Trying to explain to someone how MS or any invisible illness makes you feel, can seem like an impossible task. Especially when people around you cannot physically see that you need help or just need a day of rest.

This weekend I’ve suffered with numb fingertips in my right hand, double vision and spasms in my back. Although not a very severe flare up, it has made me feel totally wiped and I’ve had to restrict and adapt my plans for the weekend to make sure I don’t over do it and make myself worse. The girls I live with are completely understanding if I have to cancel plans and will always help me if I need it. They have been through the journey of my diagnosis with me so have learnt about MS at the same time that I did.

As you may have noticed, I have no qualms with talking or expressing my feelings! However, trying to describe my feelings and symptoms to people I don’t know can sometimes be a challenge.

‘The Spoon Theory’ is one very good way of trying to explain to someone how you feel when it’s not visibly noticeable. I would definitely recommend reading it and sharing with friends or family if you are finding it difficult to describe your symptoms.

Giving your MS an alternative identity can also be a good way to make your symptoms become separate from you as a person. The below link details the book Jo Johnson has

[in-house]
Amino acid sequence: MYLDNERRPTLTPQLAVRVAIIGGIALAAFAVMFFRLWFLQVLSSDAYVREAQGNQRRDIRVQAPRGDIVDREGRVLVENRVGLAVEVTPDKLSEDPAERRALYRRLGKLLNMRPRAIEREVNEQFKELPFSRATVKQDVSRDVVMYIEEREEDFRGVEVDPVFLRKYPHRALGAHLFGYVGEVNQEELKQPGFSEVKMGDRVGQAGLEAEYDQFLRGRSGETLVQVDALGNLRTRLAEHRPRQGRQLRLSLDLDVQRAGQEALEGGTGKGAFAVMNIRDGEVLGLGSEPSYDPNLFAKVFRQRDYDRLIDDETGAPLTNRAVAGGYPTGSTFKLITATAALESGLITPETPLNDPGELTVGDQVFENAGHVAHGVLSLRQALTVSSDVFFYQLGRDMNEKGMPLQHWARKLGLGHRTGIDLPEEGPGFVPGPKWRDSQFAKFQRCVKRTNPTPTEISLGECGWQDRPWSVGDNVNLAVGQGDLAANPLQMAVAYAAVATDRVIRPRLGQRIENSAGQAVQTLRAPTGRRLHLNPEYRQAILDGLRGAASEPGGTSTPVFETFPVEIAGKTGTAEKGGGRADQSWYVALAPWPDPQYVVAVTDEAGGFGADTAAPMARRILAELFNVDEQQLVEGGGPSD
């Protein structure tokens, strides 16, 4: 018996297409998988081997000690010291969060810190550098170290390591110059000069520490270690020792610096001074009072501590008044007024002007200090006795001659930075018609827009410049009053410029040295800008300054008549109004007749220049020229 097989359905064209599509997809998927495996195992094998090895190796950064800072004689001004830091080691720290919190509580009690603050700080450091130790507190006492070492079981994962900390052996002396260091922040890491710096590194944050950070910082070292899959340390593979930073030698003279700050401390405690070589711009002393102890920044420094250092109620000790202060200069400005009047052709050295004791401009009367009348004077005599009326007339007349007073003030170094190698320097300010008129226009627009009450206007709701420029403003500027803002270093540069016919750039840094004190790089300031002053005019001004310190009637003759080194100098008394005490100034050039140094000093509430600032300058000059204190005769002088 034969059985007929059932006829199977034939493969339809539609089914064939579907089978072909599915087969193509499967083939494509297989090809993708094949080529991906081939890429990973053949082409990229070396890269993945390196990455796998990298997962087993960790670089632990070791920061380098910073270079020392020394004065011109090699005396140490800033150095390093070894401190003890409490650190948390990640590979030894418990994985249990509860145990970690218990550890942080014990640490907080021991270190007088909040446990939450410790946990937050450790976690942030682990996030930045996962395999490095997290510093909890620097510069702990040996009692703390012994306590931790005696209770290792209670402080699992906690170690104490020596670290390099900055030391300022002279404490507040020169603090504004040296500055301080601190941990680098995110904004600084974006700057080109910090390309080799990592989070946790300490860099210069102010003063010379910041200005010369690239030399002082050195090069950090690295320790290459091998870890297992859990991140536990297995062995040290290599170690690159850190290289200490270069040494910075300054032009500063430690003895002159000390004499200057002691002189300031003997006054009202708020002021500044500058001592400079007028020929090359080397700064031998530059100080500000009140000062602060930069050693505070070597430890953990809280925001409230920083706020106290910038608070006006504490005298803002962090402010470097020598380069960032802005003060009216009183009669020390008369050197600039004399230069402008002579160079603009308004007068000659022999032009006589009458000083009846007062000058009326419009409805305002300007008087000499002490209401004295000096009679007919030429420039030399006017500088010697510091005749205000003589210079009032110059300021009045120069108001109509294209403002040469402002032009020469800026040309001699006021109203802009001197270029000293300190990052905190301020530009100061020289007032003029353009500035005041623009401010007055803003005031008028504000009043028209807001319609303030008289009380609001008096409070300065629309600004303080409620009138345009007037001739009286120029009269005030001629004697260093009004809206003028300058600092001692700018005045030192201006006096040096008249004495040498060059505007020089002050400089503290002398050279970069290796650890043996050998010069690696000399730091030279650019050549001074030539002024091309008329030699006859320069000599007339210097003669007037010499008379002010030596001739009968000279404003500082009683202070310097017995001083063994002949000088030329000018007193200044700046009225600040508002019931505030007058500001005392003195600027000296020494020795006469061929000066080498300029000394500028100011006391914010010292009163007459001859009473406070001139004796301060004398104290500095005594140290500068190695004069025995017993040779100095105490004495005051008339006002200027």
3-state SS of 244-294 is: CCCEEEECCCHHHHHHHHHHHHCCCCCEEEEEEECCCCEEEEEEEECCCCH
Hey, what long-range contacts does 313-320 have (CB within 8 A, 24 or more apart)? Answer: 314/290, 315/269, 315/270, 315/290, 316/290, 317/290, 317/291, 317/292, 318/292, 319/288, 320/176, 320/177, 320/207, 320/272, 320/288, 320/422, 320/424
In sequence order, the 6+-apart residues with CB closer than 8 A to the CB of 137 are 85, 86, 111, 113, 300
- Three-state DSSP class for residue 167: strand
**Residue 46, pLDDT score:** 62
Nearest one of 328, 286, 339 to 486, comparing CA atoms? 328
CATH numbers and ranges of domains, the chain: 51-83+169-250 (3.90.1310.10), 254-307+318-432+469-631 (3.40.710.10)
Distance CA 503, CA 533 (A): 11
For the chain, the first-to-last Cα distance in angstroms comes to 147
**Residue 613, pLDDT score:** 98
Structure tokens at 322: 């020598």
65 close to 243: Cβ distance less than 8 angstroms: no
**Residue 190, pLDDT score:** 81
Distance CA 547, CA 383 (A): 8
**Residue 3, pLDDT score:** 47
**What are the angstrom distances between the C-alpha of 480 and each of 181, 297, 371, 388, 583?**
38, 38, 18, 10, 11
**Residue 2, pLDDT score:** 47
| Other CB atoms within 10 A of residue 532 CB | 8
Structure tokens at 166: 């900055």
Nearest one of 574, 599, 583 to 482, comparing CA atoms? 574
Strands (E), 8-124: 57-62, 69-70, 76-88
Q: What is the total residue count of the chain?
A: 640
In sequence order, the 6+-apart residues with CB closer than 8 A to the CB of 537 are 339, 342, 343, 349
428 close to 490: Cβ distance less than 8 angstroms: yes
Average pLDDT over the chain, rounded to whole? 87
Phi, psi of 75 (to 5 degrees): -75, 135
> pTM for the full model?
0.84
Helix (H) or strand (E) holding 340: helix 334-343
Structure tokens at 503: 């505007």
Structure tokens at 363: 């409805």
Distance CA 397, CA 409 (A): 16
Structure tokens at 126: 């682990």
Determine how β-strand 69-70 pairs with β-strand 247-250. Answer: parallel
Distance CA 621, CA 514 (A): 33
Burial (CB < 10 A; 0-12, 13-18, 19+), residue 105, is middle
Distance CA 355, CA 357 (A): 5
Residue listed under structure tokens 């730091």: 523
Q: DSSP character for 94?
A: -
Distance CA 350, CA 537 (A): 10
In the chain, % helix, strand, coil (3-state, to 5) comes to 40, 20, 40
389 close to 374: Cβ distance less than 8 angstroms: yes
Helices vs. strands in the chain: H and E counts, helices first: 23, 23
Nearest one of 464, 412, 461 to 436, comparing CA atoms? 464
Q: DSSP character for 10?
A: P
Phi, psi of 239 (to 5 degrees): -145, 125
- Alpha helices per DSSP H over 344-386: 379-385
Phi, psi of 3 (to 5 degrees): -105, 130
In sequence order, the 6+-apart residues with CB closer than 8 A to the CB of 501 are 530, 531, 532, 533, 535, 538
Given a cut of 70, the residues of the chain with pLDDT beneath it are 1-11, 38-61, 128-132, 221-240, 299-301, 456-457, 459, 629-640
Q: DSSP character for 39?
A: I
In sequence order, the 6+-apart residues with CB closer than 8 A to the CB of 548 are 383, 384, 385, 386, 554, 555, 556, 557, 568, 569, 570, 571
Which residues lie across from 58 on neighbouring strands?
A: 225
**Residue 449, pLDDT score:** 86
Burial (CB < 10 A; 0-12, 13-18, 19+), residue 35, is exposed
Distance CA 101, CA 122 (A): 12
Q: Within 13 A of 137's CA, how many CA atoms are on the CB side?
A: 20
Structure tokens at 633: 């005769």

written which does just that. It was my Mum that found this information,
which may just be one of the most useful tools I have found to cope with my MS. We decided together to call my MS symptoms ‘Bella’ (aka Bella the MS bitch). If I’m stressed out, Mum will always say ‘don’t let it get to you, you know it’s only going to aggravate Bella!’. We try to prevent Bella from making an appearance in my life as much as possible!

Getting an MS card to carry around is very useful to make sure that in any situation, you can get help if you need it. You can order one of these from the MS Society website and I go nowhere without it in my purse! I find it a quick and easy way of explaining my MS without having to reel off every symptom in the book!

What do you use to describe your symptoms? If there are any other good ones you have, please share! ☺️

3 thoughts on “Bella

  1. This is brilliant and very easy to read. I love the idea of giving your MS a separate identity because you are not your MS, yes it comes with challenges but it still does not define you. I cant wait to read more.


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